Although some may consider designing for individuals with Alzheimer’s as being specialized and unique, I found through my research that there were many similarities with universal design. I observed that the design recommendations directly relate to the Goals of UD, and therefore are likely to positively impact a wider range of individuals.For example, good wayfinding is one characteristic of the built environment that has been shown to reduce stress and help counteract cognitive decline in those with memory impairments. Forming a mental map or an overall mental image of a space becomes increasingly difficult as the disease progresses. However, if the design is straightforward and understandable, those with Alzheimer’s disease can more easily find their way. Good wayfinding offers benefits to the staff and visitors as well, helping with orientation and navigation within the environment. Memory care environments can be high stress and visits can sometimes be emotional for family members, so reducing confusion and disorientation has great benefits to all users.
Another example, physical and visual access to the outdoors, is critical to resident wellbeing. A connection to nature can alleviate feelings of confinement and break up the monotony of the indoor environment. A secured courtyard provides residents in a locked unit with some level of independence if they are able to get outdoors when they want to. Outdoor access encourages movement, which in turn supports health. However, these positive benefits also impact staff and visitors. For staff members, the outdoor area can be an ideal location to relax or take a break, especially when the demands of working in memory care are stressful. And for visitors, a courtyard is an ideal location to spend time with and participate in activities with loved ones.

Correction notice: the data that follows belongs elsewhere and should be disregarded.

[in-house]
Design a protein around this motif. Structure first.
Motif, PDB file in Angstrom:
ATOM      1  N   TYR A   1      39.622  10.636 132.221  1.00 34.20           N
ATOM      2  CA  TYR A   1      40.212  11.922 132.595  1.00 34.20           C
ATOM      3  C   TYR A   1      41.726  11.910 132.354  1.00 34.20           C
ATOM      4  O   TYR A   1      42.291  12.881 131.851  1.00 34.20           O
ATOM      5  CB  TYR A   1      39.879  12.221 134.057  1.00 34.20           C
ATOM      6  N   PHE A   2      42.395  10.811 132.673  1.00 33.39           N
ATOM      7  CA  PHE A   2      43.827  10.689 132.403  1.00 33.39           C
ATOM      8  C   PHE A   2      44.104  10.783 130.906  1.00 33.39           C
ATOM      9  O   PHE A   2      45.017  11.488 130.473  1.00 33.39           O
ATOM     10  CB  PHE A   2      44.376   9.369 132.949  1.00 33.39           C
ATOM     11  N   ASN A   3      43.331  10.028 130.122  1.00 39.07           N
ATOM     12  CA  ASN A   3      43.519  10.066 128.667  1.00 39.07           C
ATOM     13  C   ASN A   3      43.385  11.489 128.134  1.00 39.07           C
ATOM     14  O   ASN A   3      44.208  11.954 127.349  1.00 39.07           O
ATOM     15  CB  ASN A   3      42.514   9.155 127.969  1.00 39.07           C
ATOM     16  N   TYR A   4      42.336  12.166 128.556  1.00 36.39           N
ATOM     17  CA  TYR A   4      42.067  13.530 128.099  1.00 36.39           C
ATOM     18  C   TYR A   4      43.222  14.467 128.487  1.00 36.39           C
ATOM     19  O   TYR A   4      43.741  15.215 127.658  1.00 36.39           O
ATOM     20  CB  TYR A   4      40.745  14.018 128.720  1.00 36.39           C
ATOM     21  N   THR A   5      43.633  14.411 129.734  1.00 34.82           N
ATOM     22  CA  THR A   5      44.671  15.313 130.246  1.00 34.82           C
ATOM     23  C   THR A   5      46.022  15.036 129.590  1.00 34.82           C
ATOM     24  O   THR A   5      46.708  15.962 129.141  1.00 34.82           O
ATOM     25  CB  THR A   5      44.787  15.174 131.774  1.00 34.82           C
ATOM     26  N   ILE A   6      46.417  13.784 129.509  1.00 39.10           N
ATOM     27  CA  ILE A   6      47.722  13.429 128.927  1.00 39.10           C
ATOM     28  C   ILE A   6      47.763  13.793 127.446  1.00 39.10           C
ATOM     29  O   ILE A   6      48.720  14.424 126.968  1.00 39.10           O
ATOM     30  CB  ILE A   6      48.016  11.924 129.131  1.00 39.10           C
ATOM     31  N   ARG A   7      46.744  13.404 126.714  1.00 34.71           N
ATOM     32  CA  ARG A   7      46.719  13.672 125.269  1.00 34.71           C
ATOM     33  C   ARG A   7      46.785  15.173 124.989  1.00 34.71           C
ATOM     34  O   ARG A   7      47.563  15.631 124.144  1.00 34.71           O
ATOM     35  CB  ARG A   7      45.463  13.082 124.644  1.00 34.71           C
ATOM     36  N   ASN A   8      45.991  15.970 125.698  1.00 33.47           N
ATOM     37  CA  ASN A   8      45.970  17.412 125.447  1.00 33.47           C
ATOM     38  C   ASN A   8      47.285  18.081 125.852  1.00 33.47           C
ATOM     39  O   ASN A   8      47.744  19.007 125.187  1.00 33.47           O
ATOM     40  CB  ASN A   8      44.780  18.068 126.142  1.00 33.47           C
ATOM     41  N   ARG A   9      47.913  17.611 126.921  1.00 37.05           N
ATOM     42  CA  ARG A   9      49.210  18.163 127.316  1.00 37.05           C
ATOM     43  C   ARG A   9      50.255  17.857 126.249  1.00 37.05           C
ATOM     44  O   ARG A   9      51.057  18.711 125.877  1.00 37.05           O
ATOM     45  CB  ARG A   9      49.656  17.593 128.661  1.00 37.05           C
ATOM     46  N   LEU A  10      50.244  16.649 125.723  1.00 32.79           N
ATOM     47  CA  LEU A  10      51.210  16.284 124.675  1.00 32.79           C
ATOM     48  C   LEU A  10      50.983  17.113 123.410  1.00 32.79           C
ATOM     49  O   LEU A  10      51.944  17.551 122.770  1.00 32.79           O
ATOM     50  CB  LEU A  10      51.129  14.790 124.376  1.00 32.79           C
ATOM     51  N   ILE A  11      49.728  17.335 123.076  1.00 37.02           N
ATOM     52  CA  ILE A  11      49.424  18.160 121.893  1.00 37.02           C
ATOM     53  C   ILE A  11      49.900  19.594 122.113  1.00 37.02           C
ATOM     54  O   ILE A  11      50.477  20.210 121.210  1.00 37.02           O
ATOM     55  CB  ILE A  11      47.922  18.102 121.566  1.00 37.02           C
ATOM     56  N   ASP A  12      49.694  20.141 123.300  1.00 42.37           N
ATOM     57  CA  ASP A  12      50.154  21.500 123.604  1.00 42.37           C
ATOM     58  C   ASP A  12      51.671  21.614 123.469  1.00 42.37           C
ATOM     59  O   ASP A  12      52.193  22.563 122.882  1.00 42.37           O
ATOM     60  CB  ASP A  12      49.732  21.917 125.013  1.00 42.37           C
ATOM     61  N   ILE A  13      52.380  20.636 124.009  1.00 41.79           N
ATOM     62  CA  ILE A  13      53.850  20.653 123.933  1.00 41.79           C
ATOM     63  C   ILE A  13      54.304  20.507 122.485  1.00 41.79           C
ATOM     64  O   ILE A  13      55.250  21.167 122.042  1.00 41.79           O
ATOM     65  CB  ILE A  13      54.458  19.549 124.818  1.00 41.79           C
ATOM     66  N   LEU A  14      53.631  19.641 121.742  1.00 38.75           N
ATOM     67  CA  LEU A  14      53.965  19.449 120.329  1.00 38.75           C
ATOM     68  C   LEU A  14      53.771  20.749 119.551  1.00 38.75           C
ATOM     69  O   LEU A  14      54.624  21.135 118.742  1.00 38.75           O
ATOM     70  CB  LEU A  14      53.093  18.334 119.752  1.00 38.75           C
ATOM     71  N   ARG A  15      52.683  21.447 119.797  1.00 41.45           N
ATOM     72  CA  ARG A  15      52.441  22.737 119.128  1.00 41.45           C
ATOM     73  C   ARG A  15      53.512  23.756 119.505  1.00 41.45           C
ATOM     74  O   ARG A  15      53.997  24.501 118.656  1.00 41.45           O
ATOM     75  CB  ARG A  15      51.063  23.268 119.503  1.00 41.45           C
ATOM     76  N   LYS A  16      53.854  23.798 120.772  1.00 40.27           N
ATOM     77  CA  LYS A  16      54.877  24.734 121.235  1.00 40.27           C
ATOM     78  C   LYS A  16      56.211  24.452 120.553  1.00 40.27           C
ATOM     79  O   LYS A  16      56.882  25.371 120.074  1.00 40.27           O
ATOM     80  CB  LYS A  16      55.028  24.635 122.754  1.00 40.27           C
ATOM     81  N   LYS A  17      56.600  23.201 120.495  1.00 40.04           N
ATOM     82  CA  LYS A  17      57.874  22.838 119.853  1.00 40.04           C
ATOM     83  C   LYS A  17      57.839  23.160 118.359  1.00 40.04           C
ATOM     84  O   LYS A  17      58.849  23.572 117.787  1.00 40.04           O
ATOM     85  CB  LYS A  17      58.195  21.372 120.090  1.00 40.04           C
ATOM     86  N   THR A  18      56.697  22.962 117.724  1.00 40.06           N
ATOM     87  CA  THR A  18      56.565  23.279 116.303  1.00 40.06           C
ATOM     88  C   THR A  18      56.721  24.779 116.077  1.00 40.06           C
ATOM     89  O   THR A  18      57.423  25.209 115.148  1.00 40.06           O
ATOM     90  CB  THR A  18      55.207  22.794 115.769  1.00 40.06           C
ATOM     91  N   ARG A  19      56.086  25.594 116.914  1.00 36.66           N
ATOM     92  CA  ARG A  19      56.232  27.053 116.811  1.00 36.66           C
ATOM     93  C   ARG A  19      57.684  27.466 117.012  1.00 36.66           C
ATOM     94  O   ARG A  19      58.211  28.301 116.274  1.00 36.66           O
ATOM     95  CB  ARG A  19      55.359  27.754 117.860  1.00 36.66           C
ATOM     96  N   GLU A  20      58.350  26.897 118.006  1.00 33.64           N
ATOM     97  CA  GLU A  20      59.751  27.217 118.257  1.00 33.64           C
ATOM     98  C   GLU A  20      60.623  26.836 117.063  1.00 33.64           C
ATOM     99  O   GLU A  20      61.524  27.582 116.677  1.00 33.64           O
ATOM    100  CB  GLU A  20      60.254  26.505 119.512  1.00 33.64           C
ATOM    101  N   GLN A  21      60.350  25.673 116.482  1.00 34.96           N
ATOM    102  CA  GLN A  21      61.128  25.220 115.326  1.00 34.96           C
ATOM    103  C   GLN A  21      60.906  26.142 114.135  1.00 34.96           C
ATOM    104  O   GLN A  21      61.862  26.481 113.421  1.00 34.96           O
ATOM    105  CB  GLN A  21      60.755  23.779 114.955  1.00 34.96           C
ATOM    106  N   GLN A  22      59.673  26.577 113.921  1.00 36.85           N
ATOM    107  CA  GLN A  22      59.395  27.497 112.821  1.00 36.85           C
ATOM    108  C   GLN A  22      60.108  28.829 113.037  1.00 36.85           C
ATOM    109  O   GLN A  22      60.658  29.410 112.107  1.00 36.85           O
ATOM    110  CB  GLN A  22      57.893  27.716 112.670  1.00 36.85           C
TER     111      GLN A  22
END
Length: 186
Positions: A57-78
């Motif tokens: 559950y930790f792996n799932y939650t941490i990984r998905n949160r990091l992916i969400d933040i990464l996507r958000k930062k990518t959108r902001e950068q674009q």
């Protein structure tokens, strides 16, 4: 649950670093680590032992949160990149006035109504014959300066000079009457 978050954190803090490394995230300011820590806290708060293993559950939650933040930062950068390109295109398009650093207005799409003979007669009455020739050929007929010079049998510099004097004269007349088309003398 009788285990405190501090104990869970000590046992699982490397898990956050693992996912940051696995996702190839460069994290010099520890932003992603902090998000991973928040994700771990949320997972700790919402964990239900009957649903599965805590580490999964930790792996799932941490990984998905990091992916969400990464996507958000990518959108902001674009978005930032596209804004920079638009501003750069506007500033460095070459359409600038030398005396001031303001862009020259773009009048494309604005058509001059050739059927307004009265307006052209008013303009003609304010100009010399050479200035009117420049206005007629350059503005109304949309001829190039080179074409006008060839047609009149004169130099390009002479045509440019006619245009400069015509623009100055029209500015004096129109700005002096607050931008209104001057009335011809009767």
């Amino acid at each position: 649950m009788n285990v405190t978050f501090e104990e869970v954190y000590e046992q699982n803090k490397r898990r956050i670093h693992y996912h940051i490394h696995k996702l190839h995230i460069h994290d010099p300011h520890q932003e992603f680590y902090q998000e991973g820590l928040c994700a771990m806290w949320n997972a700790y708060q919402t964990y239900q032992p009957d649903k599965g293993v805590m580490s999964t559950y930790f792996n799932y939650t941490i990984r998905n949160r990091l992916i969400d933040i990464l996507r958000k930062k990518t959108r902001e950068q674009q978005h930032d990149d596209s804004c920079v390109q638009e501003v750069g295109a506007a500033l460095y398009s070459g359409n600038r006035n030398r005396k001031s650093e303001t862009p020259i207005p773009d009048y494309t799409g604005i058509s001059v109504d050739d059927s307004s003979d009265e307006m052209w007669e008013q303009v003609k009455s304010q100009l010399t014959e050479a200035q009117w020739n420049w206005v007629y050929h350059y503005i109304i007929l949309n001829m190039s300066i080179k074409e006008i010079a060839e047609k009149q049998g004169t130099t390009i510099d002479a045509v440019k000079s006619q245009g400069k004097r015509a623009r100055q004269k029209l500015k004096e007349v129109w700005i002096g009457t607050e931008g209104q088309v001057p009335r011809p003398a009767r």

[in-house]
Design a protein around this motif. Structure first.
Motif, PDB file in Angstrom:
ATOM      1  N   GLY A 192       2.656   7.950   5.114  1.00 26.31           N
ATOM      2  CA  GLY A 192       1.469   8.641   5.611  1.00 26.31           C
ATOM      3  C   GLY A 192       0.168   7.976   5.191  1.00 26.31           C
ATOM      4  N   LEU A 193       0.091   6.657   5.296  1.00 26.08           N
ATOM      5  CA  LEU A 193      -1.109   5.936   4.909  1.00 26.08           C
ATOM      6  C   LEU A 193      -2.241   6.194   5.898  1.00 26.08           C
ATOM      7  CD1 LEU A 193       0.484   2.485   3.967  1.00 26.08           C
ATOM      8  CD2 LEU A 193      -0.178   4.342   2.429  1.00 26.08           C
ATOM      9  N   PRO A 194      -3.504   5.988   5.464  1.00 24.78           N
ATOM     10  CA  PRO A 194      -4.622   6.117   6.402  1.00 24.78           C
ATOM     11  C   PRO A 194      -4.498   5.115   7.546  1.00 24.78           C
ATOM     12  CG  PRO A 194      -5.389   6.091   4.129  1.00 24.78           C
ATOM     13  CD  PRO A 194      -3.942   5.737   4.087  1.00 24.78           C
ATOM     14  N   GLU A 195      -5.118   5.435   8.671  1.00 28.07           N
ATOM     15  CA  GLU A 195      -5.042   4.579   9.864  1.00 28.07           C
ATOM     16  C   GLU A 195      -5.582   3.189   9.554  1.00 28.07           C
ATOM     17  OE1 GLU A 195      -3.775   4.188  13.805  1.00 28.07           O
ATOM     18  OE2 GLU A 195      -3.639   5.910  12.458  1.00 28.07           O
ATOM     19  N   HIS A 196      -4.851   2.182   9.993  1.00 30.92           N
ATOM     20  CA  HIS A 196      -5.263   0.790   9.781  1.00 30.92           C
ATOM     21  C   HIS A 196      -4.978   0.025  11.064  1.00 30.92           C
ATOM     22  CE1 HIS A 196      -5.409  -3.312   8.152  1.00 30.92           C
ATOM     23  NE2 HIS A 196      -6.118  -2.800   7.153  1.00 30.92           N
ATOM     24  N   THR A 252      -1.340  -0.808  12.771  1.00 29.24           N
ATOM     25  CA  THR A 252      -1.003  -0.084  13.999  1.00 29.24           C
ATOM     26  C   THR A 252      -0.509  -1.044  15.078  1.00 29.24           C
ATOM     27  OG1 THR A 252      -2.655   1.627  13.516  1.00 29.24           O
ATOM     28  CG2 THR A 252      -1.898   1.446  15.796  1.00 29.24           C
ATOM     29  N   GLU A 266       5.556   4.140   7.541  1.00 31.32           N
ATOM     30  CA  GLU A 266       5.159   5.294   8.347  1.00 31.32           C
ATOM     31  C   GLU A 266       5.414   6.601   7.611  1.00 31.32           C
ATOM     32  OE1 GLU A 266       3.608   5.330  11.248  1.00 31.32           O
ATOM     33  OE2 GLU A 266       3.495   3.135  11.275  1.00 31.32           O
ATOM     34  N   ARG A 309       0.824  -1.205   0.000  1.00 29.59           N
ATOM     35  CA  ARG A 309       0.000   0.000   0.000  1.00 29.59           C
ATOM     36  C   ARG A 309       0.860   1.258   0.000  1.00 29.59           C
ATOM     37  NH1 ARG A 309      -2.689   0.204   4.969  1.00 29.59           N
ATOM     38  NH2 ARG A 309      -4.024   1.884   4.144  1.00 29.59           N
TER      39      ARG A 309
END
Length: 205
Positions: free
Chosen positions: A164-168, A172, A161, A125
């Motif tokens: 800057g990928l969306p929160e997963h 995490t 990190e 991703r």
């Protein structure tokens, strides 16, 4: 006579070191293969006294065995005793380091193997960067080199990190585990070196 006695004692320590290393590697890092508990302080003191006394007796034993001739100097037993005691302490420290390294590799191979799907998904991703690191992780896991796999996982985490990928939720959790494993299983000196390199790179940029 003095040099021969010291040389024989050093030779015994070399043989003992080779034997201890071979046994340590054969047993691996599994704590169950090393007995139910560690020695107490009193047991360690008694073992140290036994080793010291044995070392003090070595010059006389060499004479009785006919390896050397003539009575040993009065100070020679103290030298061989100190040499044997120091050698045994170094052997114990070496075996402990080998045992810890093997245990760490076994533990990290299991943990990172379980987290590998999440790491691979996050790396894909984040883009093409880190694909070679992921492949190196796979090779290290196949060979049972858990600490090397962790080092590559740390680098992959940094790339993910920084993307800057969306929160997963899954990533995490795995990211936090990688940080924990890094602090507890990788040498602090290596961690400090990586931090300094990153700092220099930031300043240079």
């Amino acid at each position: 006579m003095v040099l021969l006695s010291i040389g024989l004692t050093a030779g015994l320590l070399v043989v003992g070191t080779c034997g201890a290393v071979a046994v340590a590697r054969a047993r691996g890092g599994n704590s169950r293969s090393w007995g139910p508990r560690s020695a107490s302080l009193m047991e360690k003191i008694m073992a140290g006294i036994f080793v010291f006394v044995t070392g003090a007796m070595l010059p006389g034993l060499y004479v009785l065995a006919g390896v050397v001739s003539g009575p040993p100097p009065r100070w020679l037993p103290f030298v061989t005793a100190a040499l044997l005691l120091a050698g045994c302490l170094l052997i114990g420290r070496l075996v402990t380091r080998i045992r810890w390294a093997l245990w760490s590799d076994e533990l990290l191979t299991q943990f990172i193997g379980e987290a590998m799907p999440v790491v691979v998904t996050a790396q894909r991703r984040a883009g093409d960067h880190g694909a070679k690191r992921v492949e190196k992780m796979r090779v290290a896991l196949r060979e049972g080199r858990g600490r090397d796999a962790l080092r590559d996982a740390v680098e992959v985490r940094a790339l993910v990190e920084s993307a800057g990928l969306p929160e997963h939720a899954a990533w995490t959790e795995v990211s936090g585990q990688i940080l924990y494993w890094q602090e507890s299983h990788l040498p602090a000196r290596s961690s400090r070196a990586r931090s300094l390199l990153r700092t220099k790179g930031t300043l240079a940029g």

While the design of these facilities should primarily benefit the residents, supportive and well-designed environments benefit all users. Ensuring that we are including the needs of those with Alzheimer’s along with the wider population in the design process ensures that the environment is successful and usable by all. And while designing for those who often times cannot communicate or express their needs is challenging, finding design solutions that provide positive outcomes is very rewarding. In the case of my research, the time I spent on site with both residents and staff was invaluable, and has helped define the direction I wish to take as I enter professional practice. Universal Design acknowledges the power and positive impact our designs can have on all people, especially when those benefits improve the quality of life for populations who are often excluded from the design process.
Jennifer McQuilkin, a designer and researcher with a passion for translating data into beautiful and compelling stories. Jen interned at the Center for Inclusive Design and Environmental Access while working on her MS in Architecture. She now works at CannonDesign, a leading integrated global design firm, in communications with a focus on Healthcare.